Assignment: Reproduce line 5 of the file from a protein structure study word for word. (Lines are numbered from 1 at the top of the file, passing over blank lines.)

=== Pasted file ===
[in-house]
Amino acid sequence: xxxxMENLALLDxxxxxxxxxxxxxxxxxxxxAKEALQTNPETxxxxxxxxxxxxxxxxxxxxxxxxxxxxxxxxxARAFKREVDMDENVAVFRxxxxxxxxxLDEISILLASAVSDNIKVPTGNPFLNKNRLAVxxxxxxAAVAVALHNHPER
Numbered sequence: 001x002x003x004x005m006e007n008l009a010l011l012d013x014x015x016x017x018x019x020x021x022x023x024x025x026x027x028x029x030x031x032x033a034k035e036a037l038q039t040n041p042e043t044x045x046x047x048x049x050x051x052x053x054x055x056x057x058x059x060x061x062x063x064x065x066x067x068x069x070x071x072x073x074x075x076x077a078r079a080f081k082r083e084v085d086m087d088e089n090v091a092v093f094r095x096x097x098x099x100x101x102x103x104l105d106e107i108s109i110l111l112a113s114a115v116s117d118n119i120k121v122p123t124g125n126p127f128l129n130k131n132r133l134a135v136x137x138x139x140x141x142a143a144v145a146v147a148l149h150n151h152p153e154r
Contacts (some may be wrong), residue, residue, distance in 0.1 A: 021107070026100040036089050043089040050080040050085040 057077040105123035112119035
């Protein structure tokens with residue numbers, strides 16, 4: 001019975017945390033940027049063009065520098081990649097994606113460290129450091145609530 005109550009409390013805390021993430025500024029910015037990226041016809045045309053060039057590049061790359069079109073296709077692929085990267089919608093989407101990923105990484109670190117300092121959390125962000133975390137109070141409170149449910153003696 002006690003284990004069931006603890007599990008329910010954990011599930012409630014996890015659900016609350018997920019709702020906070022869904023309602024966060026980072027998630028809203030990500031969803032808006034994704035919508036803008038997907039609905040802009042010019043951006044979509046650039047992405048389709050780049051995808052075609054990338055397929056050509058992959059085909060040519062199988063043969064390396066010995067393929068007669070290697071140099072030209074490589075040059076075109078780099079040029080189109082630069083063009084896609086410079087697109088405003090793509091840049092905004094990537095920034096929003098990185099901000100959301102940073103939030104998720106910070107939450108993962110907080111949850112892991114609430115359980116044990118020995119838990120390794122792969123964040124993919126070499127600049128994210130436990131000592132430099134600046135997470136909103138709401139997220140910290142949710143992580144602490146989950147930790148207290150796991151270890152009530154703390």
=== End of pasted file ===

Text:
């Protein structure tokens with residue numbers, strides 16, 4: 001019975017945390033940027049063009065520098081990649097994606113460290129450091145609530 005109550009409390013805390021993430025500024029910015037990226041016809045045309053060039057590049061790359069079109073296709077692929085990267089919608093989407101990923105990484109670190117300092121959390125962000133975390137109070141409170149449910153003696 002006690003284990004069931006603890007599990008329910010954990011599930012409630014996890015659900016609350018997920019709702020906070022869904023309602024966060026980072027998630028809203030990500031969803032808006034994704035919508036803008038997907039609905040802009042010019043951006044979509046650039047992405048389709050780049051995808052075609054990338055397929056050509058992959059085909060040519062199988063043969064390396066010995067393929068007669070290697071140099072030209074490589075040059076075109078780099079040029080189109082630069083063009084896609086410079087697109088405003090793509091840049092905004094990537095920034096929003098990185099901000100959301102940073103939030104998720106910070107939450108993962110907080111949850112892991114609430115359980116044990118020995119838990120390794122792969123964040124993919126070499127600049128994210130436990131000592132430099134600046135997470136909103138709401139997220140910290142949710143992580144602490146989950147930790148207290150796991151270890152009530154703390």